SINGAPORE - OCBC Bank on Thursday (Dec 23) warned that there has been a sharp rise in the number of phishing scams via SMS impersonating it, with 26 customers losing a total of $140,000 to these scams in 10 days, from Dec 8 to 17.
It said: "For the month of December so far, OCBC Bank has detected and initiated the takedown of 45 phishing websites, about eight times more than the average takedown requests every month."
The bank said of the scams: "Members of the public have received unsolicited SMSes purportedly from the bank claiming there are issues with their bank accounts or credit cards.
"The SMSes contain a link to a fraudulent website disguised as a legitimate bank website requesting banking information and passwords."
OCBC said it would never send customers an SMS to inform them of an account closure or that they have been locked out of their accounts temporarily.
It added that it would not send an SMS to customers with a link to reactivate their accounts as well.
"These are always communicated via physical letters to prevent online fraud."
The bank also said it is working with the Singapore Police Force's Anti-Scam Centre to try and help customers recover funds lost through these fraudulent transactions.
It said it works closely with the police to detect and prevent scams too.
However, it added that once the money has left the customer's account, the possibility of recovery is very low.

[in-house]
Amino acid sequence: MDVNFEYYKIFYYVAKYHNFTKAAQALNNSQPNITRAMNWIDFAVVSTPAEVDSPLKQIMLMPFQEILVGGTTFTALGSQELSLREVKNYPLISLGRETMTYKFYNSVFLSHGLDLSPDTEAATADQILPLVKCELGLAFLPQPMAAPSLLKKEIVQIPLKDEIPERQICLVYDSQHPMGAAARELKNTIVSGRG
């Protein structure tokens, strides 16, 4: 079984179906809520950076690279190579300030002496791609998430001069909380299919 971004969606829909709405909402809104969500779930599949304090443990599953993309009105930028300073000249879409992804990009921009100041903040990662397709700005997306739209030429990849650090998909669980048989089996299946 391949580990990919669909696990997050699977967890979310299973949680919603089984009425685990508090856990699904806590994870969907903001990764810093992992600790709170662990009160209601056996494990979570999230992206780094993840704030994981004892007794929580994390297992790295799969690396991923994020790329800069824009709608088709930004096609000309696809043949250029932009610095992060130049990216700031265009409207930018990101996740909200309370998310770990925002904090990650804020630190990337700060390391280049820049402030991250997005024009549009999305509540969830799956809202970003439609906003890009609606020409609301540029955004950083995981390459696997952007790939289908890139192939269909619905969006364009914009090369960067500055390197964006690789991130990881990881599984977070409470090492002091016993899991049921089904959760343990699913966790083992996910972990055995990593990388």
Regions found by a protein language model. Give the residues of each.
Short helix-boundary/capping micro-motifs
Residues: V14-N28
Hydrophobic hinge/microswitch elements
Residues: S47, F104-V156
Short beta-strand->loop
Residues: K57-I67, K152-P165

OCBC said the first and strongest line of defence to combat scams lie with customers taking precautions to protect themselves.
It gave the following advice to customers:
• Never click on links provided in suspicious e-mails and SMSes.
• Always type the bank's URL directly into the address bar of a Web browser or use its official mobile banking app.
• Do not divulge banking login credentials or one-time passwords to anyone, or key such confidential information into unverified webpages.
• Do not transfer money to people you do not know.
• For those using iOS phones, download the ScamShield app that blocks unsolicited messages and calls.
Customers who are in doubt about the authenticity of any SMSes received are advised to contact OCBC on 1800-363-3333, or +65-6363-3333 if overseas, for verification, it added.
This article was first published in The Straits Times. Permission required for reproduction.